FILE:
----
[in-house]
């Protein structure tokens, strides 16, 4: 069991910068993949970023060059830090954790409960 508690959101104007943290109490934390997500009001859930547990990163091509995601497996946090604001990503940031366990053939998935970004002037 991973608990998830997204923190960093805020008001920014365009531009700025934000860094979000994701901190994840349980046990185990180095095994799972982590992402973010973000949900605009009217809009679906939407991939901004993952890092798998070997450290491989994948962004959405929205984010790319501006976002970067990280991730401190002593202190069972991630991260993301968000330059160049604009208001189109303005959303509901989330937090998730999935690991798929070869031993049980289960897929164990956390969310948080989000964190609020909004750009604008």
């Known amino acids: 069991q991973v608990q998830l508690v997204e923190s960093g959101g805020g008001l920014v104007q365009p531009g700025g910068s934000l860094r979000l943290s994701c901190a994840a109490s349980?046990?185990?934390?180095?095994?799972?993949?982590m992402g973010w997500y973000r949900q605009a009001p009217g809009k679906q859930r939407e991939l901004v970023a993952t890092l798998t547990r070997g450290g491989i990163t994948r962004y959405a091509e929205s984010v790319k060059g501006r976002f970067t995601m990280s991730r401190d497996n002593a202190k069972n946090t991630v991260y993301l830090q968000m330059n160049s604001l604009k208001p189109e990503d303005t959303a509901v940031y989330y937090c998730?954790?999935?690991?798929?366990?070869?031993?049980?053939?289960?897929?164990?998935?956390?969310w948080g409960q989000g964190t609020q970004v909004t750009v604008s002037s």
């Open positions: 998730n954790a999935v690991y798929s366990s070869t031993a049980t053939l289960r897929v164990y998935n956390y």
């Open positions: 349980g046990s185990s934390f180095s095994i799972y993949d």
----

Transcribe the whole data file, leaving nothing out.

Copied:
[in-house]
């Protein structure tokens, strides 16, 4: 069991910068993949970023060059830090954790409960 508690959101104007943290109490934390997500009001859930547990990163091509995601497996946090604001990503940031366990053939998935970004002037 991973608990998830997204923190960093805020008001920014365009531009700025934000860094979000994701901190994840349980046990185990180095095994799972982590992402973010973000949900605009009217809009679906939407991939901004993952890092798998070997450290491989994948962004959405929205984010790319501006976002970067990280991730401190002593202190069972991630991260993301968000330059160049604009208001189109303005959303509901989330937090998730999935690991798929070869031993049980289960897929164990956390969310948080989000964190609020909004750009604008």
């Known amino acids: 069991q991973v608990q998830l508690v997204e923190s960093g959101g805020g008001l920014v104007q365009p531009g700025g910068s934000l860094r979000l943290s994701c901190a994840a109490s349980?046990?185990?934390?180095?095994?799972?993949?982590m992402g973010w997500y973000r949900q605009a009001p009217g809009k679906q859930r939407e991939l901004v970023a993952t890092l798998t547990r070997g450290g491989i990163t994948r962004y959405a091509e929205s984010v790319k060059g501006r976002f970067t995601m990280s991730r401190d497996n002593a202190k069972n946090t991630v991260y993301l830090q968000m330059n160049s604001l604009k208001p189109e990503d303005t959303a509901v940031y989330y937090c998730?954790?999935?690991?798929?366990?070869?031993?049980?053939?289960?897929?164990?998935?956390?969310w948080g409960q989000g964190t609020q970004v909004t750009v604008s002037s």
């Open positions: 998730n954790a999935v690991y798929s366990s070869t031993a049980t053939l289960r897929v164990y998935n956390y």
């Open positions: 349980g046990s185990s934390f180095s095994i799972y993949d």